Heaven Is for Real
Faith-based film tries reaching past its audience, but falls back on preaching to its own choir way too much.
"La Bamba" opens with a sequence that at first seems like a memory. Some teenage boys are playing basketball in a school yard. Far overhead, a light plane drones through the sky. The colors of this scene are all washed out, as in an old memory, and the voices sound far away. There is slow motion. Another airplane appears. The basketball game continues. We are lulled by the feeling of a slow summer afternoon. Then the two planes collide and fall into the school yard below.
Because "La Bamba" is the story of Ritchie Valens, we assume this is his memory. But he was not present when the planes fell, and the scene represents how he might have imagined it. One of his friends was killed that day. He always assumed that if he had been in the school yard, he would have been killed, too. That was why he never liked to take airplanes.
The scene itself is very effective. But I wonder if it is the right way to open "La Bamba." Everyone who goes to this movie will know that Valens died in an airplane crash with Buddy Holly and the Big Bopper on Feb. 3, 1959, the day the music died. The opening scene is followed by several other references to Valens' fear of flying, and the effect is to put the whole movie under a cloud, to weigh down every scene with the knowledge of impending death.
That robs "La Bamba" of a quality I think it could use: the sense of fun. This is a sincere, well-acted movie about the short life of a minor rock 'n' roll star, and by the time it's over we almost have the feeling Valens would have been surprised not to have died in a crash.
He is played by Lou Diamond Phillips as a serious, introspective, intensely focused young man who wanted to play his music more than anything else in life. His dedication amounts almost to an obsession. He never seems to really let go.
Valens had only three hit songs. His public career lasted less than six months. He died before he was 18. There isn't a wealth of material to draw from as there was for "The Buddy Holly Story." So Luis Valdez, the director, fleshes out the story with information about Valens' family, especially his hard-working, cheerful mother (Rosana De Soto) and his half brother (Esai Morales), who both supports him and resents him.
Valens' real surname was Valenzuela. He was a Mexican-American, raised for a time in migrant labor camps, and he idolized the older brother who would appear from time to time on a glamorous motorcycle. But he admired music more and began to sing wherever he could find work in Los Angeles in the late 1950s. His family moved to town and Valens got a girlfriend - a blond Anglo named Donna, whose parents didn't approve of him - inspiring "Donna," one of his hits.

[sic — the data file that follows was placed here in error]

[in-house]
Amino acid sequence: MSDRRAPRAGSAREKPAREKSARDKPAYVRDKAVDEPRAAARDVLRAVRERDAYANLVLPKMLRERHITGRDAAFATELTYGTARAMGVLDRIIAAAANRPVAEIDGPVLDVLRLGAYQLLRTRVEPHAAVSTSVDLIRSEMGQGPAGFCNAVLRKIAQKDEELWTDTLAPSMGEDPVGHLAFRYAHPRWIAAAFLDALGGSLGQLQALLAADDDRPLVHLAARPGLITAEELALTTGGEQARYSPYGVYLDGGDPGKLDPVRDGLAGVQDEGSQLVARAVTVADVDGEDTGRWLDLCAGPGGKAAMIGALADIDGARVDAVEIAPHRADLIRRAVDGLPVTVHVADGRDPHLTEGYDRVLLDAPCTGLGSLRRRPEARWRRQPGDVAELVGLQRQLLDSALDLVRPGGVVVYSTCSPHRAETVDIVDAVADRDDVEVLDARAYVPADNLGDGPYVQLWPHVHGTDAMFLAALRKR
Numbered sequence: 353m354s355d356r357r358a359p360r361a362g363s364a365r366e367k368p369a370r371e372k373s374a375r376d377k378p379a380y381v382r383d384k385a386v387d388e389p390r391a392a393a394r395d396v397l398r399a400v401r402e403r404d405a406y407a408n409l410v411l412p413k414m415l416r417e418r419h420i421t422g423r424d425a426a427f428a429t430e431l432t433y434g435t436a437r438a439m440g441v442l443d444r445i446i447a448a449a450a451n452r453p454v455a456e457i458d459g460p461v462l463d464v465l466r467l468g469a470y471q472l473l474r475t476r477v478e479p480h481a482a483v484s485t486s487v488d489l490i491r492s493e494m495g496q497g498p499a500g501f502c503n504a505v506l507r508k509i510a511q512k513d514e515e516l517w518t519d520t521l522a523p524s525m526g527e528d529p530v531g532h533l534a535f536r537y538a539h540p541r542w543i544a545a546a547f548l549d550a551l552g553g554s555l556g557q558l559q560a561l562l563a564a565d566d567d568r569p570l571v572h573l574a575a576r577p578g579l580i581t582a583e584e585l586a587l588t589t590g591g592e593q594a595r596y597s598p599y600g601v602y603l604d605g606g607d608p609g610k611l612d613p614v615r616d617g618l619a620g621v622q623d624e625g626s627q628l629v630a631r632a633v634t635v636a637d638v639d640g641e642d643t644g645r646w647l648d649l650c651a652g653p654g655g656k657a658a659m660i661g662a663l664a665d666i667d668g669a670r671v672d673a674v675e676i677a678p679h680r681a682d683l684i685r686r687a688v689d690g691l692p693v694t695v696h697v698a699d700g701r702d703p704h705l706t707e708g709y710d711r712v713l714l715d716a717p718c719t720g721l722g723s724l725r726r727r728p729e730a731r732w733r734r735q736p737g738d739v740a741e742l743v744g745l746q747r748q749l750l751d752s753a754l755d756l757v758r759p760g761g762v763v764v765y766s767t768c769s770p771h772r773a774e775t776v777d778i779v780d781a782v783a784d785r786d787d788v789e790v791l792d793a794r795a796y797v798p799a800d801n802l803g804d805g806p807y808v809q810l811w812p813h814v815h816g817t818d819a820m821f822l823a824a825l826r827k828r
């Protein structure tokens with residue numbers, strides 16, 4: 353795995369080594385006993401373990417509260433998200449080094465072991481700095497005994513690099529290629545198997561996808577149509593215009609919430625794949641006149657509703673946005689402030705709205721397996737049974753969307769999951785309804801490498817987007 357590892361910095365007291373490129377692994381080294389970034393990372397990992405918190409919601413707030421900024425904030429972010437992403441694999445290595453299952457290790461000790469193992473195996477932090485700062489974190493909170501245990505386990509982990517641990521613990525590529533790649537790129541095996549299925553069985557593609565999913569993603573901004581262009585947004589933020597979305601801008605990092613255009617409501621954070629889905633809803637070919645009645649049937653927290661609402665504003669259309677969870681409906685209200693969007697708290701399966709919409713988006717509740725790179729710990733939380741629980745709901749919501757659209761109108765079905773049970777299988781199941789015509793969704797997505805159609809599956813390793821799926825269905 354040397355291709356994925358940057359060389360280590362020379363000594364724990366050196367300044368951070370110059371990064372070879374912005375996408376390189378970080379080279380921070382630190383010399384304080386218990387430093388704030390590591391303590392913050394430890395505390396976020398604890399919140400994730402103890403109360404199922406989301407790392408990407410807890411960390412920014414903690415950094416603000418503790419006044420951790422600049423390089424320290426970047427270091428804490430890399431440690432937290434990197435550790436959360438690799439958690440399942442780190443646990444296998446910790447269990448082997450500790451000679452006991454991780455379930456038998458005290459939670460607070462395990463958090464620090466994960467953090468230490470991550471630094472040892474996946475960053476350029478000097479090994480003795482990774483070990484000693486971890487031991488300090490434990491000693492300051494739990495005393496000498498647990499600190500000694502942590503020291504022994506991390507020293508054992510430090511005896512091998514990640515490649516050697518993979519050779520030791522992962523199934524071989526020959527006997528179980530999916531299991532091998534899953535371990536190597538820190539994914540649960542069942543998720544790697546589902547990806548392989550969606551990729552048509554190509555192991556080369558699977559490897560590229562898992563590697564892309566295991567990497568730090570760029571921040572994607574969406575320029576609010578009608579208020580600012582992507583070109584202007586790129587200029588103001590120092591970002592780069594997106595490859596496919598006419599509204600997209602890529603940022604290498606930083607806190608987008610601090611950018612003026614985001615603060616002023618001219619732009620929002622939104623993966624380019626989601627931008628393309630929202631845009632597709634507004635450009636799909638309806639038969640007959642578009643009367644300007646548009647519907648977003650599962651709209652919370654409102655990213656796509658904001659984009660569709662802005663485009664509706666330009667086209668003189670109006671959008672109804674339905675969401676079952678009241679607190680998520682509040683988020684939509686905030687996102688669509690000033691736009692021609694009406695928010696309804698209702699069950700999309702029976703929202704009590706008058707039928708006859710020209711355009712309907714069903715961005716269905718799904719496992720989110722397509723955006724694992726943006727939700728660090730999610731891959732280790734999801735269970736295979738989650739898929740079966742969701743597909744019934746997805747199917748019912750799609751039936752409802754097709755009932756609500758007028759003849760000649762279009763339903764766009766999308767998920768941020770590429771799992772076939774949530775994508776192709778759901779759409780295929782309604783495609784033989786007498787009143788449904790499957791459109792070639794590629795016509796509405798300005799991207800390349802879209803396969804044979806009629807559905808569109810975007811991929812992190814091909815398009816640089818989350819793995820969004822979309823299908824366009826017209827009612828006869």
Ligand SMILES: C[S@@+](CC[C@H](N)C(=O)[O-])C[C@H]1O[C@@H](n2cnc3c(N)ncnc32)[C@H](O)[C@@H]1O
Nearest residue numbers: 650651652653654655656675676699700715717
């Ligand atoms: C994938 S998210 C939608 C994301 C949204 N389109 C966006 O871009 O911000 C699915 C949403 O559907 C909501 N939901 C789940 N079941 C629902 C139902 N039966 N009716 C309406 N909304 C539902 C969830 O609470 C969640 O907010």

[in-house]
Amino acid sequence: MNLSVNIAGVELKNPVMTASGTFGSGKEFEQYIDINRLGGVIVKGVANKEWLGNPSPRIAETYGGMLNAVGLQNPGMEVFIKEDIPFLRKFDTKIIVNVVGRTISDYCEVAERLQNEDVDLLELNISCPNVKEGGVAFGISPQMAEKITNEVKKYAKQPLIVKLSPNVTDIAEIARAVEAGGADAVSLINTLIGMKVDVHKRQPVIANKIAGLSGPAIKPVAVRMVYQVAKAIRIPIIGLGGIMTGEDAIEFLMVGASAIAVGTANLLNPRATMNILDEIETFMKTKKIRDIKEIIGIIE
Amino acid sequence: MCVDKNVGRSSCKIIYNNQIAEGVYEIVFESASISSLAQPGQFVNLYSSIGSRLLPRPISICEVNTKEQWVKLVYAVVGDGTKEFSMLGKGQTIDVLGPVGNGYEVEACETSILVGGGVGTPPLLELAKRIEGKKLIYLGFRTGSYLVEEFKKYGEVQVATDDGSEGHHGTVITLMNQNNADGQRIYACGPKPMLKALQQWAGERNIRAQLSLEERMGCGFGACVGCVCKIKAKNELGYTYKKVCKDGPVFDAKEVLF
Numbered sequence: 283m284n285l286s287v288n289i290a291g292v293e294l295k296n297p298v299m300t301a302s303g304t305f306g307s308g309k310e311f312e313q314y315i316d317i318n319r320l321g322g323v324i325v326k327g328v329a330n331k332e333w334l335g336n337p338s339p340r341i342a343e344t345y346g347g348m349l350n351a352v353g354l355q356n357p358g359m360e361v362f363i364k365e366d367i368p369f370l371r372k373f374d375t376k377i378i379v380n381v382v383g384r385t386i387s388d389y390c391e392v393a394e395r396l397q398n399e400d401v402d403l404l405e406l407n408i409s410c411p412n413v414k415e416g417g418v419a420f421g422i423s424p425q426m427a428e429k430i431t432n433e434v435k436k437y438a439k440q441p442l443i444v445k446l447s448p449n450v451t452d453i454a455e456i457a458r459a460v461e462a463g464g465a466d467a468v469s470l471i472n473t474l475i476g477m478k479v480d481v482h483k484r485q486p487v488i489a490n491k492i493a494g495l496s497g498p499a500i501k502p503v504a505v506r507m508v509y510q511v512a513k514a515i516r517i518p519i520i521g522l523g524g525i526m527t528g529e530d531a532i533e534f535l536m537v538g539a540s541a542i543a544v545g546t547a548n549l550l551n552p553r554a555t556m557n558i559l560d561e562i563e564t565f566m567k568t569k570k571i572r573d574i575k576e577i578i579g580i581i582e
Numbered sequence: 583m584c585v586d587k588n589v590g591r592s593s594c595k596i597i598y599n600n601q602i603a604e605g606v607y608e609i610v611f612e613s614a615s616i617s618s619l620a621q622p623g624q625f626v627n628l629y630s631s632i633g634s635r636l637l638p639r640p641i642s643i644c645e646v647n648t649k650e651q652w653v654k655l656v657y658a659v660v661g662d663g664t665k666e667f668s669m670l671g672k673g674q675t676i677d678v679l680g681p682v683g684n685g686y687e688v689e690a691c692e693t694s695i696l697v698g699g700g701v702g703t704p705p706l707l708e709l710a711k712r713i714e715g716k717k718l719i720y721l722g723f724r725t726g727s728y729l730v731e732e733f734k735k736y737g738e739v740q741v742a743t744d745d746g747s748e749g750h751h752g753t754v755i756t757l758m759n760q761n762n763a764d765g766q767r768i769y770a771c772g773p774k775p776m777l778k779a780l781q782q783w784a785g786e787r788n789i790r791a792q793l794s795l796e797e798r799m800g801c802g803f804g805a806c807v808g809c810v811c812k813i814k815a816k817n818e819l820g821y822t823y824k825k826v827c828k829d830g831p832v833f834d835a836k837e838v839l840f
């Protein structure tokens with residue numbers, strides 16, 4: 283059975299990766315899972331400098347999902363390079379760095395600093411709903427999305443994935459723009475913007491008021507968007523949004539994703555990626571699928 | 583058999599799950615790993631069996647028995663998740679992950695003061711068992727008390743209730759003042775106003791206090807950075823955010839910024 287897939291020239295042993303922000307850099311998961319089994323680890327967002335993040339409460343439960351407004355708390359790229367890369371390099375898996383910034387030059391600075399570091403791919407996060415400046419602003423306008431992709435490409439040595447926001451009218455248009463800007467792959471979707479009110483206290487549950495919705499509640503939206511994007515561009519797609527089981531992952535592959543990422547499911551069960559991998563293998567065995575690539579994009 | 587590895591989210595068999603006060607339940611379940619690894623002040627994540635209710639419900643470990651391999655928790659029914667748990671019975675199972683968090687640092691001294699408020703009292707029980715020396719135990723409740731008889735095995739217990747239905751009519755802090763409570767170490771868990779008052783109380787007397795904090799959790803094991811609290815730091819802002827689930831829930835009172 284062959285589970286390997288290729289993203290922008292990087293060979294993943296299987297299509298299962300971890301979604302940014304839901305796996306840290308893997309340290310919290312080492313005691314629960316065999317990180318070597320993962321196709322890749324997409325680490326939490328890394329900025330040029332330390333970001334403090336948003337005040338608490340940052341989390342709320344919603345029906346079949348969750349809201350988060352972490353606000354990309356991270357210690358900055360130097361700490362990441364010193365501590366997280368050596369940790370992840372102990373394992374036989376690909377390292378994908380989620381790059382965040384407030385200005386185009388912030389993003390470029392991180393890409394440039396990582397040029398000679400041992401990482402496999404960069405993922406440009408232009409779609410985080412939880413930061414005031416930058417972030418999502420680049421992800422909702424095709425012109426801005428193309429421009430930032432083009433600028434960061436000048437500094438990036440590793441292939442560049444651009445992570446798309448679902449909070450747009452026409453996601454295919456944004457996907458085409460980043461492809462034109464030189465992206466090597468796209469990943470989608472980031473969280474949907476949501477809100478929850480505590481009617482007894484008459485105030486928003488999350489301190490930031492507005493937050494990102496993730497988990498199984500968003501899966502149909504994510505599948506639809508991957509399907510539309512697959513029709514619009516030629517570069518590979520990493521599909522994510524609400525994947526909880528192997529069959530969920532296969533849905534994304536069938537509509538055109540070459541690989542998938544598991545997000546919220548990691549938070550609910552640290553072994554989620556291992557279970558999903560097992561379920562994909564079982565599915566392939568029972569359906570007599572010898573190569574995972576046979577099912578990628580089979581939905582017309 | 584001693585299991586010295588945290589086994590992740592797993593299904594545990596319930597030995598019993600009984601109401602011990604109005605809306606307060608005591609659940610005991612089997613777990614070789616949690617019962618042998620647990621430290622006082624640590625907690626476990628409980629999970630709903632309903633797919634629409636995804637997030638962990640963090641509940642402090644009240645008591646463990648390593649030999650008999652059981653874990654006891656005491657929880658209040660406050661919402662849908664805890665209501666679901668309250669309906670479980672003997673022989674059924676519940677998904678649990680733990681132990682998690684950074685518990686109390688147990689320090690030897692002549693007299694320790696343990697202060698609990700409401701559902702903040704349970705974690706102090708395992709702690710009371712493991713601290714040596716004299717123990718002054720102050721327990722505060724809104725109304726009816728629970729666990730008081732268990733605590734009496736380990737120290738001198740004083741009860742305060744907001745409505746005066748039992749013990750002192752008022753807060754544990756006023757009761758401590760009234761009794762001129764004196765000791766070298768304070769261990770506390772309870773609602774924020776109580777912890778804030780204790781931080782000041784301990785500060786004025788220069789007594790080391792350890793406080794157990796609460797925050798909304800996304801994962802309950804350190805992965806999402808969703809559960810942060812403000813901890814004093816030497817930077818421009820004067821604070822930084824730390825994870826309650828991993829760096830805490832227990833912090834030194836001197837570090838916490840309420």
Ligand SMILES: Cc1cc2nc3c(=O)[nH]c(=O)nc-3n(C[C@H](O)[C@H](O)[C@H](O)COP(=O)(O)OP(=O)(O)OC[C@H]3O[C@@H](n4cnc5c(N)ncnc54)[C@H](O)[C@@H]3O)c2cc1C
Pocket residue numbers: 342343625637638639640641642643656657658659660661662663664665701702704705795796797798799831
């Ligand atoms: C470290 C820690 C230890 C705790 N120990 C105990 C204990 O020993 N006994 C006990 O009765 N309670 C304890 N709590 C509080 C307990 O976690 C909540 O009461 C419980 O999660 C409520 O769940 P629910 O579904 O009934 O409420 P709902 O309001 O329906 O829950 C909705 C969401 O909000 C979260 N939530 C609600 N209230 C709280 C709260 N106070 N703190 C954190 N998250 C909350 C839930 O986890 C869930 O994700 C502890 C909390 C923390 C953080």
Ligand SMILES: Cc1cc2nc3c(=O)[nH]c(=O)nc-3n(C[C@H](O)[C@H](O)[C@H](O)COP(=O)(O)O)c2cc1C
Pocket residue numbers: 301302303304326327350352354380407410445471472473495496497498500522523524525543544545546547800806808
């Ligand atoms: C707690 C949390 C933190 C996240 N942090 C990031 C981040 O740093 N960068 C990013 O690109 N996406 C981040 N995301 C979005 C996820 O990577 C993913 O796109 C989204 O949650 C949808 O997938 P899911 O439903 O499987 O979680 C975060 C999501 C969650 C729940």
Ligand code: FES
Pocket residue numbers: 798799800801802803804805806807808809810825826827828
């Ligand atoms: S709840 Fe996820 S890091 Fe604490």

He had some of the usual adventures growing up, and the movie makes much of a trip he and his brother took to Tijuana, where Valens was less interested in girls than in a band (in the movie it is, of course, playing "La Bamba").
Once Valens is discovered by a minor record producer (Joe Pantoliano), his career goes surprisingly well. He records a song, it is a hit, he is invited by Alan Freed to appear in one of his pioneering rock 'n' roll stage shows in Brooklyn and two other hits follow fairly quickly. Valens made one crucial artistic decision: Although he didn't speak Spanish, he insisted on recording "La Bamba" in Spanish, using the irrefutable logic that if Nat King Cole could record in Spanish, he could, too.
Valens' last tour is handled in an almost perfunctory manner. We know how the movie will end, anyway. The Big Bopper circulates backstage, saying "Hello, baby!" to everyone he meets. Buddy Holly sings "Crying, Waiting, Hoping." They go out to the airport in a snowstorm, Holly flips a coin and Valens calls heads and wins his place on the fated plane. Still to come, no doubt, is a movie about the Big Bopper. And why not one called "Rock 'n' Roll Pilot" ("He Was at the Controls the Day the Music Died!").
This is a good small movie, sweet and sentimental, about a kid who never really got a chance to show his stuff. The best things in it are the most unexpected things: the portraits of everyday life, of a loving mother, of a brother who loves and resents him, of a kid growing up and tasting fame and leaving everyone standing around at his funeral shocked that his life ended just as it seemed to be beginning.
The recent #CancelColbert campaign on Twitter raises all kinds of issues about racism, but also about hashtag activism.
Owen Gleiberman's sacking as lead film critic of Entertainment Weekly — part of a ritual bloodletting of staffers at ...
Scott Jordan Harris argues that disabled characters should not be played by able-bodied actors.